In addition, Congress has the power to coin money, create the postal service, army, navy and lower federal courts, and to declare war. Congress also has the responsibility of determining naturalization, how immigrants become citizens. Such laws must apply uniformly and cannot be modified by the states. Home Article I, Section 8. Facebook Twitter LinkedIn.
Article I, Section 8 The Text The Congress shall have Power To lay and collect Taxes, Duties, Imposts and Excises, to pay the Debts and provide for the common Defense and general Welfare of the United States; but all Duties, Imposts and Excises shall be uniform throughout the United States;. Nov 12, · The textual powers given to Congress can be found throughout the Constitution. But this section, Article One, Section 8, is the source of many of the most important powers. It is essentially a laundry list of powers delegated to Congress. Aug 05, · Article 1, Section 8, clause 18 of the United States Constitution gives Congress power to make any laws considered "necessary and proper" for the nation. According to Wikipedia, this clause, often called the "Necessary and Proper" or the "Elastic" clause, is sometimes accused of giving too much power to Congress.
Article I, Section 8 of the U. Perhaps the most important powers reserved to Congress by Article I, Section 8 are those to create taxes, tariffs and other sources of funds needed to maintain the operations and programs of the federal government and to authorize the expenditure of those funds. In addition to the taxation powers in Article I, the Sixteenth Amendment authorizes Congress to establish and provide for the collection of a national income tax.
The complete text of Article I, Section 8 creating the 17 enumerated powers of Congress reads as follows:. Maryland decision. When Maryland tried to place a tax on notes issued by the bank, U. Representative John McCulloch appealed it.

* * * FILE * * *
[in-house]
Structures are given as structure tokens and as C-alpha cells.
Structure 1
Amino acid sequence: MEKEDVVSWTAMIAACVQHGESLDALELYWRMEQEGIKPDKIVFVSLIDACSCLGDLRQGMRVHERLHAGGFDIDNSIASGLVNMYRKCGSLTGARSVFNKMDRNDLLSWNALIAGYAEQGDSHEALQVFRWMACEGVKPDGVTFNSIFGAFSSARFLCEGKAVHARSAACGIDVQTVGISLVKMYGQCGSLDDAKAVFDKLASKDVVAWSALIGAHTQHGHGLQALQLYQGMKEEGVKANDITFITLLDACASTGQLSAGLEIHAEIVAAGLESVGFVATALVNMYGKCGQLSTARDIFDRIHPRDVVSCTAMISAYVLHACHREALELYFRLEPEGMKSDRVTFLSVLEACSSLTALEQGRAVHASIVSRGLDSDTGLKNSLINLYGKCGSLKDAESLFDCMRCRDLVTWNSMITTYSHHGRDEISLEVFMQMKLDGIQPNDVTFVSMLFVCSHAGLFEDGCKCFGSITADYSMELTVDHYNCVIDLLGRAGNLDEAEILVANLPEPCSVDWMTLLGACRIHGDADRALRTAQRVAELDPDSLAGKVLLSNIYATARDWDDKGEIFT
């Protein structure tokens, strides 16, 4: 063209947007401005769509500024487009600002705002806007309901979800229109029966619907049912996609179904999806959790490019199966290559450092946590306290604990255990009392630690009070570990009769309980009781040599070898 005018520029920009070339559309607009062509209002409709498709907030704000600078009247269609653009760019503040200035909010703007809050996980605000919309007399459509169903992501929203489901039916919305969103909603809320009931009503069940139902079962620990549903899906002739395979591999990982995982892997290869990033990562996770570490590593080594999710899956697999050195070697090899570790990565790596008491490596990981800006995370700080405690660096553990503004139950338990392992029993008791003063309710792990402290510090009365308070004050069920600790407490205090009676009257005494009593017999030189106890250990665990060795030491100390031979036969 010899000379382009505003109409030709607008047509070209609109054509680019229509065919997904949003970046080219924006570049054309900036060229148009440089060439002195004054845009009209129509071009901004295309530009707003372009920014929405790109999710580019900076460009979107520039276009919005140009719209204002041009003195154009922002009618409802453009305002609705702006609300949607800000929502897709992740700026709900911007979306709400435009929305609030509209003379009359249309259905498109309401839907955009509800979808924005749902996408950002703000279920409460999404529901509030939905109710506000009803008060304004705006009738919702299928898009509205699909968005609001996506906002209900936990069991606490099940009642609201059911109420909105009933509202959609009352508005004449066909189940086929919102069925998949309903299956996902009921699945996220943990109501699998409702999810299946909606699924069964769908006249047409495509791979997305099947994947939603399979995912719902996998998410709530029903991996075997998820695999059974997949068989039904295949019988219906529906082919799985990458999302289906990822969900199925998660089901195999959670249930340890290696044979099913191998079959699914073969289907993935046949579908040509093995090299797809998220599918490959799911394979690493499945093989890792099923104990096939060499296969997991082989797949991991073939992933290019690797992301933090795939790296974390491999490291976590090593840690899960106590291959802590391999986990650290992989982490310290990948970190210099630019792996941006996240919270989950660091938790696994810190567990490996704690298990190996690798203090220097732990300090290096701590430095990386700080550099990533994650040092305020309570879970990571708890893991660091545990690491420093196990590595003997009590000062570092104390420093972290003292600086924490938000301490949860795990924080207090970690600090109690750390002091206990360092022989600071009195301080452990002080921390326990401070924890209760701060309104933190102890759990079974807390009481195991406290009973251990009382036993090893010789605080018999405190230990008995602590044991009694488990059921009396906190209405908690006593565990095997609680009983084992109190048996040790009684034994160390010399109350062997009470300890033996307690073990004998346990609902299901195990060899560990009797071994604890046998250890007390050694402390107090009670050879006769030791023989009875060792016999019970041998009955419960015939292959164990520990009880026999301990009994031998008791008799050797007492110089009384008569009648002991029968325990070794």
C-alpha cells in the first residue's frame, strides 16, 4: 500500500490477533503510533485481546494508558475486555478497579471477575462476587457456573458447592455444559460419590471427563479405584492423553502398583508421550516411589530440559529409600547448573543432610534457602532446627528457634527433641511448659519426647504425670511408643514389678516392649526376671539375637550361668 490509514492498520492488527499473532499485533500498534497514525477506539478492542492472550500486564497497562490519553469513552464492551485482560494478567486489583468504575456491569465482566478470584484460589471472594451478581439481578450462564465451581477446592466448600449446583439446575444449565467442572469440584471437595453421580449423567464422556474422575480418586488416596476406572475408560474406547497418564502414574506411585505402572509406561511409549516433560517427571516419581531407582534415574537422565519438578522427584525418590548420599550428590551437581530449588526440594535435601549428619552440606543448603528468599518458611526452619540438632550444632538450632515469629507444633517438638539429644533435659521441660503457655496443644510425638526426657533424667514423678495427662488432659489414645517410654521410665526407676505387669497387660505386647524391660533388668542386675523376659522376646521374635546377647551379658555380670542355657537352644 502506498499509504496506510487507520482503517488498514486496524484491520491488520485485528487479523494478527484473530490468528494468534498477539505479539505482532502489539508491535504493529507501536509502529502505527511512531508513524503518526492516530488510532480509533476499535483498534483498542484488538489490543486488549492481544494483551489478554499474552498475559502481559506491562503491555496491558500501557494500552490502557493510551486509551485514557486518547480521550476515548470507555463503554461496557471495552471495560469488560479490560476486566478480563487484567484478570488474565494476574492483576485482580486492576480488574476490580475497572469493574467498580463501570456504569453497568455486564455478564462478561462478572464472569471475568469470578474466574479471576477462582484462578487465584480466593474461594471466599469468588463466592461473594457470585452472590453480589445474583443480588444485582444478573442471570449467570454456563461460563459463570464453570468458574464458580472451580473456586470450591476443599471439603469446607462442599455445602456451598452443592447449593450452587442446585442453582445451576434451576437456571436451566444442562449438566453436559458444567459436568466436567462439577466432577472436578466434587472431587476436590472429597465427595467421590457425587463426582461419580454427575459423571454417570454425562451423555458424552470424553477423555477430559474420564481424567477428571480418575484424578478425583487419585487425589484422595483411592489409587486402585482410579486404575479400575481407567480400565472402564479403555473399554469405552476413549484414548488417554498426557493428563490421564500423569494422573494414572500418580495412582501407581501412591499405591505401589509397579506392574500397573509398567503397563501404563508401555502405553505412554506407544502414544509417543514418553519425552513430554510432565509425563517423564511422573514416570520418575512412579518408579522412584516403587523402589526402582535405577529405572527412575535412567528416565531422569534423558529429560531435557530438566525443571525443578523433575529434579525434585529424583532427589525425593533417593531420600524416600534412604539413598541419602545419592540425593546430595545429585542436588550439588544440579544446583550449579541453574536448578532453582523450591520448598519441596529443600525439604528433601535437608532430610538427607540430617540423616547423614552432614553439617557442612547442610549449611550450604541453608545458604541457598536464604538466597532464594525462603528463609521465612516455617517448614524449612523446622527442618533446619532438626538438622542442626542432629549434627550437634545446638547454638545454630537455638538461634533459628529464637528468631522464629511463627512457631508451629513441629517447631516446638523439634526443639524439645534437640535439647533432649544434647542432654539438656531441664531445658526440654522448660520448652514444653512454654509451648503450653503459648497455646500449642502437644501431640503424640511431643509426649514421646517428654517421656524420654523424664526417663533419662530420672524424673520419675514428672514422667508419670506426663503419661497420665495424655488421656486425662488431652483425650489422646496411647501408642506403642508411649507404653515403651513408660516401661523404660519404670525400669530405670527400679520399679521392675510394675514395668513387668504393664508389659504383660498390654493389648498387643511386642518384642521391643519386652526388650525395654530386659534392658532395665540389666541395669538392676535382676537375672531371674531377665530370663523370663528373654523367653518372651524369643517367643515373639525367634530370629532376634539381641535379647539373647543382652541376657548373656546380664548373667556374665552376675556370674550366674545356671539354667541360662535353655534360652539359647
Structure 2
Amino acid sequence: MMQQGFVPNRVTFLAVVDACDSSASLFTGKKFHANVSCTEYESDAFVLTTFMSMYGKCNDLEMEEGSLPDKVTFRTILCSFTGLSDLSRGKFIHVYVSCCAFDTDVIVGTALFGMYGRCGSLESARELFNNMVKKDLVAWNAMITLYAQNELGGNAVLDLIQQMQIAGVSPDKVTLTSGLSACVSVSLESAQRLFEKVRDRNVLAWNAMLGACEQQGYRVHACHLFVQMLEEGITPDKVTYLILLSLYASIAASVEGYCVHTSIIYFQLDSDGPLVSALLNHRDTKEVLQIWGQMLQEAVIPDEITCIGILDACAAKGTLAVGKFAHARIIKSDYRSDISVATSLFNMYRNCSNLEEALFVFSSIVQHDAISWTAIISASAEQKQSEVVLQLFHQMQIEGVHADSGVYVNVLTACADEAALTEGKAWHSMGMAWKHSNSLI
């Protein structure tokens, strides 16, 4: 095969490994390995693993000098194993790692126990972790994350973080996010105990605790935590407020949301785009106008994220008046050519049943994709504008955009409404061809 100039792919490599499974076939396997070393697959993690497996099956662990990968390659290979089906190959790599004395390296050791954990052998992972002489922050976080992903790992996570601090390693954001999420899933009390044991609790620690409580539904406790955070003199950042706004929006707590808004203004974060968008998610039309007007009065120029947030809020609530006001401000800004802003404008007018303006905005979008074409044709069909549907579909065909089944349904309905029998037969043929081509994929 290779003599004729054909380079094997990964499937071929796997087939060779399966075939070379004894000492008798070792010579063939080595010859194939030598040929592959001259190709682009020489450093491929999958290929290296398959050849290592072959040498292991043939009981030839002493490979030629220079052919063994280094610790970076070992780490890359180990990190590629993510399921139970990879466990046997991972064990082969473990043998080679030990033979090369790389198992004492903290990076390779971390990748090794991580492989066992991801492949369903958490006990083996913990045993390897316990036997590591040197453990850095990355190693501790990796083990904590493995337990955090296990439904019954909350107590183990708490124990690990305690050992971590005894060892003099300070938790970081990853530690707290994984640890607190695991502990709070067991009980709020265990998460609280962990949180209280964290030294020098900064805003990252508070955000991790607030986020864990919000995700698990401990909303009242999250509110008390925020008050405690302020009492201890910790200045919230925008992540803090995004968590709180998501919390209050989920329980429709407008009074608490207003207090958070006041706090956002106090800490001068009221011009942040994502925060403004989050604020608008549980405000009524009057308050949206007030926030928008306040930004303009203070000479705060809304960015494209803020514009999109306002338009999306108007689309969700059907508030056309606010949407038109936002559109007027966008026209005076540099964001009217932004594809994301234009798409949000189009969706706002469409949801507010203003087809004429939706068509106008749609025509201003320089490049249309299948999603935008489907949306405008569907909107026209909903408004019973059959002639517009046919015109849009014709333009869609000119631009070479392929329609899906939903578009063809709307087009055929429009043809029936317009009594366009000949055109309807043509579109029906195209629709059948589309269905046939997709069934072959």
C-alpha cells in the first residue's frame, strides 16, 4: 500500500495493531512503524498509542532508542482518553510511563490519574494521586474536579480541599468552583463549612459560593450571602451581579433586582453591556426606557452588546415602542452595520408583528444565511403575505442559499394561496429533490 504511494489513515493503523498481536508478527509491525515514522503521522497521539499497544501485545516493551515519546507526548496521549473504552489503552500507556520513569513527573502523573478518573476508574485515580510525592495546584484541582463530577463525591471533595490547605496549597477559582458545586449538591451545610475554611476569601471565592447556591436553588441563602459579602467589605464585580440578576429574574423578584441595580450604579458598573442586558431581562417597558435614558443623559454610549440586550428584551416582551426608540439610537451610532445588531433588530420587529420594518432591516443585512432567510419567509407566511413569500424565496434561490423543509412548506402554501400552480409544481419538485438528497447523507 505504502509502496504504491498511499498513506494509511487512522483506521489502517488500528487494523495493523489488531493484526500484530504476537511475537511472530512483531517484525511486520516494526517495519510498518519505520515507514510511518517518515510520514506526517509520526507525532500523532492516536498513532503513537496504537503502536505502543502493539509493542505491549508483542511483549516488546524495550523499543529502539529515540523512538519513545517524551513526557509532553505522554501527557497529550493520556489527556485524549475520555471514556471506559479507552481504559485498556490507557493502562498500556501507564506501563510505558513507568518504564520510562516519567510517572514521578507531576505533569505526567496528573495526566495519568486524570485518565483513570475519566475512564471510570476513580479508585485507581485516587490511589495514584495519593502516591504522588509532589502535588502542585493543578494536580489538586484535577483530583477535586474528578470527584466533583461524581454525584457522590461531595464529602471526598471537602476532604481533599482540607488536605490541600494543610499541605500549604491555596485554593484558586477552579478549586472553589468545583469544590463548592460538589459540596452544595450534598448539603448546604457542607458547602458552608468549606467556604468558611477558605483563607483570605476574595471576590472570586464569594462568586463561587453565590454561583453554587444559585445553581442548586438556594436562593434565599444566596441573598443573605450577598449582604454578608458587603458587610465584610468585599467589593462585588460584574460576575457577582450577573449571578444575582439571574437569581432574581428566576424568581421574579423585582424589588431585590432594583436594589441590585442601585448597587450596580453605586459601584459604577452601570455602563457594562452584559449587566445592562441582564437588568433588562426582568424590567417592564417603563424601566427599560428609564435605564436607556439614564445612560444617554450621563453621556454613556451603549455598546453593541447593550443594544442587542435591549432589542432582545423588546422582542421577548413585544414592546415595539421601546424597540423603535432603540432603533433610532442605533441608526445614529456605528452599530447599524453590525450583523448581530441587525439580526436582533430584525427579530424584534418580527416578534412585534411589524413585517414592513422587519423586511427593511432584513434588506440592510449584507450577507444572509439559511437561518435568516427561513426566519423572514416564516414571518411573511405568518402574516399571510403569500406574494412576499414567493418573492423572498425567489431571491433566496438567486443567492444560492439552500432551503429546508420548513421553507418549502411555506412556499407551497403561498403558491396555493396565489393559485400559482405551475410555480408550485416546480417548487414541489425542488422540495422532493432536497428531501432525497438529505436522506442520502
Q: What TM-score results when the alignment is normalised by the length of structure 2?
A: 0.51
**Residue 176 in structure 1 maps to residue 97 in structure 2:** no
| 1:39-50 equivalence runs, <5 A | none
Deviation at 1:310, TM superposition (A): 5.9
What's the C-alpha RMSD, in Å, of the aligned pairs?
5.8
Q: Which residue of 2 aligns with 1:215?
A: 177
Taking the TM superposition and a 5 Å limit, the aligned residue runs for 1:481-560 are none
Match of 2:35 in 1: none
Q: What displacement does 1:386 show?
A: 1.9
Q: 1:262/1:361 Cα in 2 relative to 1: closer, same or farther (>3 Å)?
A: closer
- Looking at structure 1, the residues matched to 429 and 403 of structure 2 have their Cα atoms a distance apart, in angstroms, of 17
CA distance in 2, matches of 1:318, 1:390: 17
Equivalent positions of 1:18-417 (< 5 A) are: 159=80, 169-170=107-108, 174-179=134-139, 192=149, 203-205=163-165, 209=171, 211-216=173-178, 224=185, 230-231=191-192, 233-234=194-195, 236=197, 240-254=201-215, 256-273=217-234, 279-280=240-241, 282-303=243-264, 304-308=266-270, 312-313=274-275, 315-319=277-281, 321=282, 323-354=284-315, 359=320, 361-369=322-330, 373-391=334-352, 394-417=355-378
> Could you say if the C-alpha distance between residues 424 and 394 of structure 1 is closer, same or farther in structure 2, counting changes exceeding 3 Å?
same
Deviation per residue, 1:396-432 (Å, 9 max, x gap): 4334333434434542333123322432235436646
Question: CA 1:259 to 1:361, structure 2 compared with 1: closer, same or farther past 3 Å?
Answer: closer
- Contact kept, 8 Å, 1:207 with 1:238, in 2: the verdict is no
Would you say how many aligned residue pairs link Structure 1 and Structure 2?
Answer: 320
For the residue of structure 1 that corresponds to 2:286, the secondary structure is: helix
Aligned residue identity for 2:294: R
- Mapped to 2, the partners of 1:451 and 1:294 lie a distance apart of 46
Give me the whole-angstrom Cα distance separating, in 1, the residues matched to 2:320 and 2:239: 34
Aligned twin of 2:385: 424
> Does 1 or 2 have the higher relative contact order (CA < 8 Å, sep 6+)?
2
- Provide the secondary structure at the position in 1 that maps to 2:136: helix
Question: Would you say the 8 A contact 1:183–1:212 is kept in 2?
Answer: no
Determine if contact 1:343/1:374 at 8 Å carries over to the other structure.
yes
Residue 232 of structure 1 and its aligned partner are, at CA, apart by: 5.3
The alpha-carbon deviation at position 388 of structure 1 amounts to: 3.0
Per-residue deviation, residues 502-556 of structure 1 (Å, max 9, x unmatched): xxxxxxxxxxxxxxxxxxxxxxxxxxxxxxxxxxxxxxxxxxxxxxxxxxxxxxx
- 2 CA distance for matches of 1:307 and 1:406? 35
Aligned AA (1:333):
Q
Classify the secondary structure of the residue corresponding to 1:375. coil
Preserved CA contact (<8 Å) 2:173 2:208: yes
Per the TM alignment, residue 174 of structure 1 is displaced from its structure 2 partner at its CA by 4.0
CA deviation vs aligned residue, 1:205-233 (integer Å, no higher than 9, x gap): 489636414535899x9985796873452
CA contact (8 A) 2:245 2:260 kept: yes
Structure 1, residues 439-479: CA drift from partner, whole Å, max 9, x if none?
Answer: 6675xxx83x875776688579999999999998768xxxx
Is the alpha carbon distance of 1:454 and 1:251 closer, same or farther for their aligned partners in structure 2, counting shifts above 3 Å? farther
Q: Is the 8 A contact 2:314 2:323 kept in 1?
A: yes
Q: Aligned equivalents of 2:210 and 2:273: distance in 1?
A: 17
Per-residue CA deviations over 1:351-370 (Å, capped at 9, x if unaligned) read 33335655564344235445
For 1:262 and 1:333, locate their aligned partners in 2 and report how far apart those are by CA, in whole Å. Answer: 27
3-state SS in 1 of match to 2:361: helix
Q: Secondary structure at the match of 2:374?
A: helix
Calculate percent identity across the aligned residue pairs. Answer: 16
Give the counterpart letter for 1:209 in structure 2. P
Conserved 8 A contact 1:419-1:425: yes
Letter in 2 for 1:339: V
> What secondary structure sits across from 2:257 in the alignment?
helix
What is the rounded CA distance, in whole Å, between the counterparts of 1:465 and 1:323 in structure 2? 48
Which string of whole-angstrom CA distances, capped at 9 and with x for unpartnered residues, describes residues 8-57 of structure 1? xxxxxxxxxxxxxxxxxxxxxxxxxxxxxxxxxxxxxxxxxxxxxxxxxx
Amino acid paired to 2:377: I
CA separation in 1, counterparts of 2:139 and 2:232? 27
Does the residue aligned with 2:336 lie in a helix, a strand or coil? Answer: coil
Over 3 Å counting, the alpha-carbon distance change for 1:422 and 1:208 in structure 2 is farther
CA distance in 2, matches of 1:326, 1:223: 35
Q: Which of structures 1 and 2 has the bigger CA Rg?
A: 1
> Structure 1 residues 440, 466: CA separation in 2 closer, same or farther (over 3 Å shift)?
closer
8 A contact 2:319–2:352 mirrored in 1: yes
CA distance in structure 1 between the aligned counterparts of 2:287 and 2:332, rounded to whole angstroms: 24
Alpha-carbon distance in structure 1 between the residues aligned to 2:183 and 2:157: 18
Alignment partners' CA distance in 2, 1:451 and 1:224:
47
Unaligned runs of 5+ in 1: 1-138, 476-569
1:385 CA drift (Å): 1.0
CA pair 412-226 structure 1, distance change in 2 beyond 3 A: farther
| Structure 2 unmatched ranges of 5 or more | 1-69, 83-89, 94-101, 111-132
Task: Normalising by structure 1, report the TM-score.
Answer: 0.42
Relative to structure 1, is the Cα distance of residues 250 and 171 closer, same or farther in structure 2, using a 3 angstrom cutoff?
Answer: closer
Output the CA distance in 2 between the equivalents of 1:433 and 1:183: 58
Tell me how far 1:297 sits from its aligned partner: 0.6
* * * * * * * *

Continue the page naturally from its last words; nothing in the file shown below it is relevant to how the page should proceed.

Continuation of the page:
Since McCulloch vs. Maryland, Congress has used its implied powers in enacting laws regulating firearms , establishing the federal minimum wage , creating the income tax , and establishing the military draft , among others. Over the years, Congress has relied on the Commerce Clause to pass environmental, gun control, and consumer protection laws because many aspects of business require materials and products to cross state lines. However, the scope of the laws passed under the Commerce Clause is not unlimited.
Concerned about the rights of the states, the U. Supreme Court in recent years has issued rulings limiting the power of Congress to pass legislation under the commerce clause or other powers specifically contained in Article I, Section 8. For example, the Supreme Court has overturned the federal Gun-Free School Zones Act of and laws intended to protect abused women on the grounds that such localized police matters should be regulated by the states. All powers not granted to the U.
Congress by Article I, Section 8 are left to the states. Worried that these limitations to the powers of the federal government were not clearly enough stated in the original Constitution, the First Congress adopted the Tenth Amendment , which clearly states that all powers not granted to the federal government are reserved to the states or the people. Share Flipboard Email. Issues The U. Government U. Legal System U.
Foreign Policy U. Liberal Politics U. Robert Longley. History and Government Expert. Robert Longley is a U. Facebook Facebook. Updated February 03, Constitution grants the U. Cite this Article Format. Longley, Robert. Constitution: Article I, Section 8. The Supreme Court Case of Gibbons v. What Is Federalism? Constitution - Article I, Section Guinn v. What Is a Constitutionally Limited Government? The First 10 Amendments to the Constitution. The 10th Amendment: Text, Origins, and Meaning.